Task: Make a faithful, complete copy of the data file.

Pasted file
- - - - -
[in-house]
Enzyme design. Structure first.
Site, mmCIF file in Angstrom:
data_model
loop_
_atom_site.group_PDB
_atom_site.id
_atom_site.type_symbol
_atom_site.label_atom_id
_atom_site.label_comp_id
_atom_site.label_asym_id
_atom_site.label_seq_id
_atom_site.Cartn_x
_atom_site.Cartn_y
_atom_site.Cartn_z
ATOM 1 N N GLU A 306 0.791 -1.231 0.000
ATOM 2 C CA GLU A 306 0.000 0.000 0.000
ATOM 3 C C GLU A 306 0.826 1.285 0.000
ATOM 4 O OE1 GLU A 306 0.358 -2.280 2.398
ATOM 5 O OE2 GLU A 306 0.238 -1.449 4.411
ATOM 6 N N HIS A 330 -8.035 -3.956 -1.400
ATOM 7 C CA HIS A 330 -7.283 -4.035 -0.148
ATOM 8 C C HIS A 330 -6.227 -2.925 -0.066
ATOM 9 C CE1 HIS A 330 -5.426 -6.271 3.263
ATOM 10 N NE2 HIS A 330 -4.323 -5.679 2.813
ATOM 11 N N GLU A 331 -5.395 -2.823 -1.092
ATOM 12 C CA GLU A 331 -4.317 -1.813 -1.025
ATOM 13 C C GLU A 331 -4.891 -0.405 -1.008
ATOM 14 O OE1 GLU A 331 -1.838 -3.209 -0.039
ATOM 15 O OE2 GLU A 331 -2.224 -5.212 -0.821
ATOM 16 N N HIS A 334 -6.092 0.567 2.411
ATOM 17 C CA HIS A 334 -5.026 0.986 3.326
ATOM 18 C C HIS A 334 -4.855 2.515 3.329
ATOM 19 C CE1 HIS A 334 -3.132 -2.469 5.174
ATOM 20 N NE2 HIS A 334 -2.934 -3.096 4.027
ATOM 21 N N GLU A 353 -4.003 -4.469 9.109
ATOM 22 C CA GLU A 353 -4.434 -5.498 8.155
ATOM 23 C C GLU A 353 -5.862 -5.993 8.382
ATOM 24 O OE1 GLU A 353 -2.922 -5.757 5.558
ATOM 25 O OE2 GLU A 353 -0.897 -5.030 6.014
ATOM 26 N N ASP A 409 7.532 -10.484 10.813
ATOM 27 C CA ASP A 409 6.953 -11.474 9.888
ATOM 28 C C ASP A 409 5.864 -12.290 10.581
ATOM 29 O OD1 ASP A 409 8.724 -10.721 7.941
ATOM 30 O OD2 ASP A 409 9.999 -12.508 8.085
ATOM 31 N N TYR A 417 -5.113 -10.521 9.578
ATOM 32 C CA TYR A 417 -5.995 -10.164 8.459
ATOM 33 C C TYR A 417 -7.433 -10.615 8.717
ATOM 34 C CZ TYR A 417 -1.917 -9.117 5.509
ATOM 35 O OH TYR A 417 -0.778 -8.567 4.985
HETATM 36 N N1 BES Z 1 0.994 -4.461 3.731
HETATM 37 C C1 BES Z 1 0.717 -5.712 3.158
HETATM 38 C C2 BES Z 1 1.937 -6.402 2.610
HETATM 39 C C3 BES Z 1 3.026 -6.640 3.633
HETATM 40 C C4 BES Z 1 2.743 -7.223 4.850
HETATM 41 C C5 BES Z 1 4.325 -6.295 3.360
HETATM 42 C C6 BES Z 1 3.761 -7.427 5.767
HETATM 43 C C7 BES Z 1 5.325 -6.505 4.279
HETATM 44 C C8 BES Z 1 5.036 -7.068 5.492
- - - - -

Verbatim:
[in-house]
Enzyme design. Structure first.
Site, mmCIF file in Angstrom:
data_model
loop_
_atom_site.group_PDB
_atom_site.id
_atom_site.type_symbol
_atom_site.label_atom_id
_atom_site.label_comp_id
_atom_site.label_asym_id
_atom_site.label_seq_id
_atom_site.Cartn_x
_atom_site.Cartn_y
_atom_site.Cartn_z
ATOM 1 N N GLU A 306 0.791 -1.231 0.000
ATOM 2 C CA GLU A 306 0.000 0.000 0.000
ATOM 3 C C GLU A 306 0.826 1.285 0.000
ATOM 4 O OE1 GLU A 306 0.358 -2.280 2.398
ATOM 5 O OE2 GLU A 306 0.238 -1.449 4.411
ATOM 6 N N HIS A 330 -8.035 -3.956 -1.400
ATOM 7 C CA HIS A 330 -7.283 -4.035 -0.148
ATOM 8 C C HIS A 330 -6.227 -2.925 -0.066
ATOM 9 C CE1 HIS A 330 -5.426 -6.271 3.263
ATOM 10 N NE2 HIS A 330 -4.323 -5.679 2.813
ATOM 11 N N GLU A 331 -5.395 -2.823 -1.092
ATOM 12 C CA GLU A 331 -4.317 -1.813 -1.025
ATOM 13 C C GLU A 331 -4.891 -0.405 -1.008
ATOM 14 O OE1 GLU A 331 -1.838 -3.209 -0.039
ATOM 15 O OE2 GLU A 331 -2.224 -5.212 -0.821
ATOM 16 N N HIS A 334 -6.092 0.567 2.411
ATOM 17 C CA HIS A 334 -5.026 0.986 3.326
ATOM 18 C C HIS A 334 -4.855 2.515 3.329
ATOM 19 C CE1 HIS A 334 -3.132 -2.469 5.174
ATOM 20 N NE2 HIS A 334 -2.934 -3.096 4.027
ATOM 21 N N GLU A 353 -4.003 -4.469 9.109
ATOM 22 C CA GLU A 353 -4.434 -5.498 8.155
ATOM 23 C C GLU A 353 -5.862 -5.993 8.382
ATOM 24 O OE1 GLU A 353 -2.922 -5.757 5.558
ATOM 25 O OE2 GLU A 353 -0.897 -5.030 6.014
ATOM 26 N N ASP A 409 7.532 -10.484 10.813
ATOM 27 C CA ASP A 409 6.953 -11.474 9.888
ATOM 28 C C ASP A 409 5.864 -12.290 10.581
ATOM 29 O OD1 ASP A 409 8.724 -10.721 7.941
ATOM 30 O OD2 ASP A 409 9.999 -12.508 8.085
ATOM 31 N N TYR A 417 -5.113 -10.521 9.578
ATOM 32 C CA TYR A 417 -5.995 -10.164 8.459
ATOM 33 C C TYR A 417 -7.433 -10.615 8.717
ATOM 34 C CZ TYR A 417 -1.917 -9.117 5.509
ATOM 35 O OH TYR A 417 -0.778 -8.567 4.985
HETATM 36 N N1 BES Z 1 0.994 -4.461 3.731
HETATM 37 C C1 BES Z 1 0.717 -5.712 3.158
HETATM 38 C C2 BES Z 1 1.937 -6.402 2.610
HETATM 39 C C3 BES Z 1 3.026 -6.640 3.633
HETATM 40 C C4 BES Z 1 2.743 -7.223 4.850
HETATM 41 C C5 BES Z 1 4.325 -6.295 3.360
HETATM 42 C C6 BES Z 1 3.761 -7.427 5.767
HETATM 43 C C7 BES Z 1 5.325 -6.505 4.279
HETATM 44 C C8 BES Z 1 5.036 -7.068 5.492